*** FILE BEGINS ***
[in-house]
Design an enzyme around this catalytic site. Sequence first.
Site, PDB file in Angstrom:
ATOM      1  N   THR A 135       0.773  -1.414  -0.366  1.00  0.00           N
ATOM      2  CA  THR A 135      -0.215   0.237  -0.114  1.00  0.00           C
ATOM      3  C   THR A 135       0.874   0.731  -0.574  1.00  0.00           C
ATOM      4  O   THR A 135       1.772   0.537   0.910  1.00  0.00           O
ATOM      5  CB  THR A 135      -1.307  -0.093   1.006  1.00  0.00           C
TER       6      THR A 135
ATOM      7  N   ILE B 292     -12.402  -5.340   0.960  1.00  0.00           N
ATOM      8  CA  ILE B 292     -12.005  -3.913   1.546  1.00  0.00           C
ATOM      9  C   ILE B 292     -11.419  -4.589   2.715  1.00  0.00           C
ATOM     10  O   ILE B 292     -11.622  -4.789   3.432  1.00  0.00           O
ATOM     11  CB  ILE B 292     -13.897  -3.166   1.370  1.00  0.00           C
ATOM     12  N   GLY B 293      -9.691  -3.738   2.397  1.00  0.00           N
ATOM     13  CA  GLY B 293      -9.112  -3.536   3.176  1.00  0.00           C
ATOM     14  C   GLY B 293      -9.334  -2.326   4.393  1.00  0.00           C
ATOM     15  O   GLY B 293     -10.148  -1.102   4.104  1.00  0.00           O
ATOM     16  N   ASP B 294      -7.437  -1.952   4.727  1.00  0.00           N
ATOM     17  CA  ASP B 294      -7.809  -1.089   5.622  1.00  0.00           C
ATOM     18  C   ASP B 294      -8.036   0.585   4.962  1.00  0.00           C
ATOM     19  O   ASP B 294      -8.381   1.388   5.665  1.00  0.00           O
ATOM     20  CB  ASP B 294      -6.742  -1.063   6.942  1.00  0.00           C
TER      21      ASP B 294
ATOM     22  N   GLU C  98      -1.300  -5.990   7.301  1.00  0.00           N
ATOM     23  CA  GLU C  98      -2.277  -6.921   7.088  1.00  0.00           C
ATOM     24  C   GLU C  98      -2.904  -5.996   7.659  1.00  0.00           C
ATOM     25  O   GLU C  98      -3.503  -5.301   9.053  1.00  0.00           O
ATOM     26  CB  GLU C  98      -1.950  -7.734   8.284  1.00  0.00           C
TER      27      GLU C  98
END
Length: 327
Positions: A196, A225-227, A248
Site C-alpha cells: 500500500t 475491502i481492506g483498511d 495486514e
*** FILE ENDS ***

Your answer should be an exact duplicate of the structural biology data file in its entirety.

[in-house]
Design an enzyme around this catalytic site. Sequence first.
Site, PDB file in Angstrom:
ATOM      1  N   THR A 135       0.773  -1.414  -0.366  1.00  0.00           N
ATOM      2  CA  THR A 135      -0.215   0.237  -0.114  1.00  0.00           C
ATOM      3  C   THR A 135       0.874   0.731  -0.574  1.00  0.00           C
ATOM      4  O   THR A 135       1.772   0.537   0.910  1.00  0.00           O
ATOM      5  CB  THR A 135      -1.307  -0.093   1.006  1.00  0.00           C
TER       6      THR A 135
ATOM      7  N   ILE B 292     -12.402  -5.340   0.960  1.00  0.00           N
ATOM      8  CA  ILE B 292     -12.005  -3.913   1.546  1.00  0.00           C
ATOM      9  C   ILE B 292     -11.419  -4.589   2.715  1.00  0.00           C
ATOM     10  O   ILE B 292     -11.622  -4.789   3.432  1.00  0.00           O
ATOM     11  CB  ILE B 292     -13.897  -3.166   1.370  1.00  0.00           C
ATOM     12  N   GLY B 293      -9.691  -3.738   2.397  1.00  0.00           N
ATOM     13  CA  GLY B 293      -9.112  -3.536   3.176  1.00  0.00           C
ATOM     14  C   GLY B 293      -9.334  -2.326   4.393  1.00  0.00           C
ATOM     15  O   GLY B 293     -10.148  -1.102   4.104  1.00  0.00           O
ATOM     16  N   ASP B 294      -7.437  -1.952   4.727  1.00  0.00           N
ATOM     17  CA  ASP B 294      -7.809  -1.089   5.622  1.00  0.00           C
ATOM     18  C   ASP B 294      -8.036   0.585   4.962  1.00  0.00           C
ATOM     19  O   ASP B 294      -8.381   1.388   5.665  1.00  0.00           O
ATOM     20  CB  ASP B 294      -6.742  -1.063   6.942  1.00  0.00           C
TER      21      ASP B 294
ATOM     22  N   GLU C  98      -1.300  -5.990   7.301  1.00  0.00           N
ATOM     23  CA  GLU C  98      -2.277  -6.921   7.088  1.00  0.00           C
ATOM     24  C   GLU C  98      -2.904  -5.996   7.659  1.00  0.00           C
ATOM     25  O   GLU C  98      -3.503  -5.301   9.053  1.00  0.00           O
ATOM     26  CB  GLU C  98      -1.950  -7.734   8.284  1.00  0.00           C
TER      27      GLU C  98
END
Length: 327
Positions: A196, A225-227, A248
Site C-alpha cells: 500500500t 475491502i481492506g483498511d 495486514e